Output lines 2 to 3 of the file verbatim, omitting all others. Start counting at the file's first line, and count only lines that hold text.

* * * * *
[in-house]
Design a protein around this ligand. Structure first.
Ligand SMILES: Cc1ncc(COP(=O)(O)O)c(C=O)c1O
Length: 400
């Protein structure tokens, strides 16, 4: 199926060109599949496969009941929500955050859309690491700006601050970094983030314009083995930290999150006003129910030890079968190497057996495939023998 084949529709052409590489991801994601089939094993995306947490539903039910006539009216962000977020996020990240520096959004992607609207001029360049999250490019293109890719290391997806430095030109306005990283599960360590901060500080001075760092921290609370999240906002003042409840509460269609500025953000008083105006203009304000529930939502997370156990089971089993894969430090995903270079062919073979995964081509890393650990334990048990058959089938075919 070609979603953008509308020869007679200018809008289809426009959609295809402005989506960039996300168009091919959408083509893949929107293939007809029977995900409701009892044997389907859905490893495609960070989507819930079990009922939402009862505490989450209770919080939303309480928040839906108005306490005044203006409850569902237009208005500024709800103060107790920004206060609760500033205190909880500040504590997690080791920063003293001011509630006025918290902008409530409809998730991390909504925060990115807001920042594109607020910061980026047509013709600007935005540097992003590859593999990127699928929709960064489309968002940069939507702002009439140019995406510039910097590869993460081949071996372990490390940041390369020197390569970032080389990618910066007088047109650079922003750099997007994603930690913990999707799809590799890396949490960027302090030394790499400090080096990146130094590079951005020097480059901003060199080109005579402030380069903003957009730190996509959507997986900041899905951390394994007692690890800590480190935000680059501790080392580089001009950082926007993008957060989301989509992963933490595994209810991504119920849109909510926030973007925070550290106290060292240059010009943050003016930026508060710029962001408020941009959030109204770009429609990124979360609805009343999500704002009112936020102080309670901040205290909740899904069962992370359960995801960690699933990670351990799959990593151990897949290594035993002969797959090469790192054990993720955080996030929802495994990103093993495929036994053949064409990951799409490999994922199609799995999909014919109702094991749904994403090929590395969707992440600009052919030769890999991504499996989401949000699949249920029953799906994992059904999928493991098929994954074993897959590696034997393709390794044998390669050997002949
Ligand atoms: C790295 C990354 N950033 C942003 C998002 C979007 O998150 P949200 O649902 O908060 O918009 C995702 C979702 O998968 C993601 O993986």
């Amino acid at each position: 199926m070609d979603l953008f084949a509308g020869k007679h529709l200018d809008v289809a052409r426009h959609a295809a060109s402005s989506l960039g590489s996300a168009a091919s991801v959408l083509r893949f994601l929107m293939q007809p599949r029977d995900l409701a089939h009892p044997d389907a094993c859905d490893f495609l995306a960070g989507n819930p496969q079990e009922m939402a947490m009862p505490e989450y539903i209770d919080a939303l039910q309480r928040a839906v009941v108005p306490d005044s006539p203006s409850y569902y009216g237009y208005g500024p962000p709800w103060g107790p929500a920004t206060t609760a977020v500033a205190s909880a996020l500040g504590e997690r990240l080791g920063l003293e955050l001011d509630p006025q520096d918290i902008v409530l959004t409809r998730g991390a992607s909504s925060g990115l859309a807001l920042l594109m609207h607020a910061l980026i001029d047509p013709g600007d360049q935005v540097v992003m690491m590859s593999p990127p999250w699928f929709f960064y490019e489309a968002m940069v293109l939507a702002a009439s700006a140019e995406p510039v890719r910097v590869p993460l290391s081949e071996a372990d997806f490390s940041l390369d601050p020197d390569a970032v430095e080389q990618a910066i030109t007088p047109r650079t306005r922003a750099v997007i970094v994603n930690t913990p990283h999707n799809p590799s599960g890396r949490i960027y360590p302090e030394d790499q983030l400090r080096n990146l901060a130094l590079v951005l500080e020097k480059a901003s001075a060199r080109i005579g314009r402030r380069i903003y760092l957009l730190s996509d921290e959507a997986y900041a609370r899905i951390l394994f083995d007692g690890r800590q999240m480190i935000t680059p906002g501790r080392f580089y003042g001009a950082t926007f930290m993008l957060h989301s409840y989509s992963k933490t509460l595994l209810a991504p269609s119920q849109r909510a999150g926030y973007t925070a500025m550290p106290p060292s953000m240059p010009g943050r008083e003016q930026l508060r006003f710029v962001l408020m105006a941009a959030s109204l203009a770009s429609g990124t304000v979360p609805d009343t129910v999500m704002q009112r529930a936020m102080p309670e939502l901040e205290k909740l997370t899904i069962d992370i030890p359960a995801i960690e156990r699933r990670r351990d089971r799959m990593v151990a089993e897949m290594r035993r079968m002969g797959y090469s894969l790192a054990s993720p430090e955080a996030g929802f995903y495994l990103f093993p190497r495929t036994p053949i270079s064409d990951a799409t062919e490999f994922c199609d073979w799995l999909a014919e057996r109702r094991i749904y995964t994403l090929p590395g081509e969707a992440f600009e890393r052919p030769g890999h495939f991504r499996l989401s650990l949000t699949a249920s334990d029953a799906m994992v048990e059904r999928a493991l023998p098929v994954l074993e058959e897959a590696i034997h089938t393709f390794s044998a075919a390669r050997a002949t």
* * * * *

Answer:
Design a protein around this ligand. Structure first.
Ligand SMILES: Cc1ncc(COP(=O)(O)O)c(C=O)c1O